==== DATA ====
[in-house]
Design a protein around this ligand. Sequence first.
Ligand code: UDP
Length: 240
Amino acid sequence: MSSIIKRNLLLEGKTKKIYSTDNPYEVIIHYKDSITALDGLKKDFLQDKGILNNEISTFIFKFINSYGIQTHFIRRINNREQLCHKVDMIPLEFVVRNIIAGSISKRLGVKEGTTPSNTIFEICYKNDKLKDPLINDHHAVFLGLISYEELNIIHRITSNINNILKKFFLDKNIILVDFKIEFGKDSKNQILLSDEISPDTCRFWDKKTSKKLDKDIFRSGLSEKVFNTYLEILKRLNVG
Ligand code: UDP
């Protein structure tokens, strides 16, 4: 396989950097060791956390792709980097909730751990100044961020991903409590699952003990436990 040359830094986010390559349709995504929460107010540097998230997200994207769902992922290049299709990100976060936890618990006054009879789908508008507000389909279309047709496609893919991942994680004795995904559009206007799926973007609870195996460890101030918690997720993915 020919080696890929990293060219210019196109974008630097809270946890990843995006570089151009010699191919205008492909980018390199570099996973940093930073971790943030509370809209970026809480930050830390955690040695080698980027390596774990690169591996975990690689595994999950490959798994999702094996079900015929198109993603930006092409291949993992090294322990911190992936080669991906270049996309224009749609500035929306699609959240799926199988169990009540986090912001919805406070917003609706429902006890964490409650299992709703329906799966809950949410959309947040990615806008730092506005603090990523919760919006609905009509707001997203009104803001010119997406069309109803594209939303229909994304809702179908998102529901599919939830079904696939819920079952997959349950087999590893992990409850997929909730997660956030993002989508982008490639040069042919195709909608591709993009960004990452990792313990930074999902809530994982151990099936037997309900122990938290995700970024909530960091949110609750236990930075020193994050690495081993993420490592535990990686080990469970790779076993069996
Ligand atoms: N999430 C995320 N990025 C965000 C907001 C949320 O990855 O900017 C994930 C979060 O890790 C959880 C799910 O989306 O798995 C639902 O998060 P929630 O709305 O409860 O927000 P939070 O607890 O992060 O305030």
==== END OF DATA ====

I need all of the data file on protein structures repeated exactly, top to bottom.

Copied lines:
[in-house]
Design a protein around this ligand. Sequence first.
Ligand code: UDP
Length: 240
Amino acid sequence: MSSIIKRNLLLEGKTKKIYSTDNPYEVIIHYKDSITALDGLKKDFLQDKGILNNEISTFIFKFINSYGIQTHFIRRINNREQLCHKVDMIPLEFVVRNIIAGSISKRLGVKEGTTPSNTIFEICYKNDKLKDPLINDHHAVFLGLISYEELNIIHRITSNINNILKKFFLDKNIILVDFKIEFGKDSKNQILLSDEISPDTCRFWDKKTSKKLDKDIFRSGLSEKVFNTYLEILKRLNVG
Ligand code: UDP
């Protein structure tokens, strides 16, 4: 396989950097060791956390792709980097909730751990100044961020991903409590699952003990436990 040359830094986010390559349709995504929460107010540097998230997200994207769902992922290049299709990100976060936890618990006054009879789908508008507000389909279309047709496609893919991942994680004795995904559009206007799926973007609870195996460890101030918690997720993915 020919080696890929990293060219210019196109974008630097809270946890990843995006570089151009010699191919205008492909980018390199570099996973940093930073971790943030509370809209970026809480930050830390955690040695080698980027390596774990690169591996975990690689595994999950490959798994999702094996079900015929198109993603930006092409291949993992090294322990911190992936080669991906270049996309224009749609500035929306699609959240799926199988169990009540986090912001919805406070917003609706429902006890964490409650299992709703329906799966809950949410959309947040990615806008730092506005603090990523919760919006609905009509707001997203009104803001010119997406069309109803594209939303229909994304809702179908998102529901599919939830079904696939819920079952997959349950087999590893992990409850997929909730997660956030993002989508982008490639040069042919195709909608591709993009960004990452990792313990930074999902809530994982151990099936037997309900122990938290995700970024909530960091949110609750236990930075020193994050690495081993993420490592535990990686080990469970790779076993069996
Ligand atoms: N999430 C995320 N990025 C965000 C907001 C949320 O990855 O900017 C994930 C979060 O890790 C959880 C799910 O989306 O798995 C639902 O998060 P929630 O709305 O409860 O927000 P939070 O607890 O992060 O305030």